LG has announced the OLED Signature T Transparent Wireless TV, and it's a world’s first apparently. While I've been very skeptical about these new displays, until you see it, you might not understand, but I'll do my best here to help you with that.
Before I talk about the obvious part, the juicy bit is easy to overlook and that's the importance of the word 'wireless' in the name – here it means more than just streaming.
Similar to the M series, a separate box called the LG Zero Connect Box is required and supplied which can be placed anywhere in the room (30ft/10m away), maybe alongside your games console or hi-fi system, which relays the content wireless to your TV. Say goodbye to cluttered cables etc.
This box serves as the connection point for streaming boxes and gaming consoles. Of course this is essential so you can hide a single power cable rather than a mix of HDMI, power, and optical (yes I still use optical for audio). Anyway, I thought I'd mention it at first as it's very easy to overlook.
The new OLED T is equipped with down-firing speakers located beneath the display, and the demo units are all wall or stand-mounted.
The 4K a12 engine and display is pretty epic and I really get a different depth of field experience watching these new see-through displays. I seriously thought I wouldn't want one but they really bring images to life when watching certain content. The USP on these is that the TV doesn't have to dominate your living space, but why wouldn't you want someone to look at? It’s actually really beautiful.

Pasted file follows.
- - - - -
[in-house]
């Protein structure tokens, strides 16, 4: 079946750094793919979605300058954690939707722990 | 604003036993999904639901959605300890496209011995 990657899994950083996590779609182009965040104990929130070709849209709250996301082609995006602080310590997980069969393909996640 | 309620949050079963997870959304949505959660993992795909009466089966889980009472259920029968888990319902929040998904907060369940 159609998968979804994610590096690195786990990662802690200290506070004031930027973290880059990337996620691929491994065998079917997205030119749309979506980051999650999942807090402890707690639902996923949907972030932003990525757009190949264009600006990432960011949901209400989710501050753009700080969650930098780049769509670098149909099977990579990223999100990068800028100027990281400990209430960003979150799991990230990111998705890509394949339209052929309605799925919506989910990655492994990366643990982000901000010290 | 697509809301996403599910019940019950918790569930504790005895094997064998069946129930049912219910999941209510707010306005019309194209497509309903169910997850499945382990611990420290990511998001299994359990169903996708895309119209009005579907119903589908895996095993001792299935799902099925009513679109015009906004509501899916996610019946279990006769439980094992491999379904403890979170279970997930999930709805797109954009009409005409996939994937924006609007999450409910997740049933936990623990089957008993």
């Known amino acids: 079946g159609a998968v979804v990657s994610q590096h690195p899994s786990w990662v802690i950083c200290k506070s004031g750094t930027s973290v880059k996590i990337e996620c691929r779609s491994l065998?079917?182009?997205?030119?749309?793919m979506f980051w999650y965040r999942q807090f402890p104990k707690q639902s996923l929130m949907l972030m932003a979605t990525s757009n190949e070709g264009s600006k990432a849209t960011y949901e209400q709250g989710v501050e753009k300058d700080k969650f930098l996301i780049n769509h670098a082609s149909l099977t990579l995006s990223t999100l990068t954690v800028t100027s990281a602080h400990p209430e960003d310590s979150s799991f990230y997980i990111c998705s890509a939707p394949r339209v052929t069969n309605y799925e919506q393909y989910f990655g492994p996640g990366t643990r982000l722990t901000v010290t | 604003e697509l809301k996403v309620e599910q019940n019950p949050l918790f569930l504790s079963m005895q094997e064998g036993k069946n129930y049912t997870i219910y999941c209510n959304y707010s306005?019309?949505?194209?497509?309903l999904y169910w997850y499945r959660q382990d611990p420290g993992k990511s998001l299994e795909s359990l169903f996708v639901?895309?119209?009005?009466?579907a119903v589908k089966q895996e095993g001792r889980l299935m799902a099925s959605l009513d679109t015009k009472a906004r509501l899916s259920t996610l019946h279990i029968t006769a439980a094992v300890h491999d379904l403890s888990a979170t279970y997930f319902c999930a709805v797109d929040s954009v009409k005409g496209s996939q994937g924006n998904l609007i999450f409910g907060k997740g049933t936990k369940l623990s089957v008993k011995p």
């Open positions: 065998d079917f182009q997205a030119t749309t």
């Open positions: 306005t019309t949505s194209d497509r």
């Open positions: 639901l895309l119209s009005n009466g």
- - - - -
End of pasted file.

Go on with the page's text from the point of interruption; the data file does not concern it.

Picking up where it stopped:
LG says that the recently introduced Alpha 11 chip, integrated into the OLED T, leverages AI (yes, AI again!) to achieve a up-to 70 per cent image enhancement in graphic performance and a 30 per cent increase in processing speed compared to the preceding generation chip. I'm sure thats marketing talk, but you can really see a massive improvement over the last gen of screens, the menus pop up without any lag and it's a modified version of LG's WebOS platform, which reminded me of an Android screen with icons for apps in small rows, rather then the previous WebOS of graphics blasted all over the screen.
You can raise a motorized black screen behind the panel (not sure what it's called) to give you a more traditional TV experience. There are a few small drawbacks in the brightness compared to a regular OLED set but I would argue that's minimal. Viewing angle is not a thing which is a feature of most OLED panels.
My question remains, though, who is it for? I think if the marketing department of these screens figures that out, it could be a winner.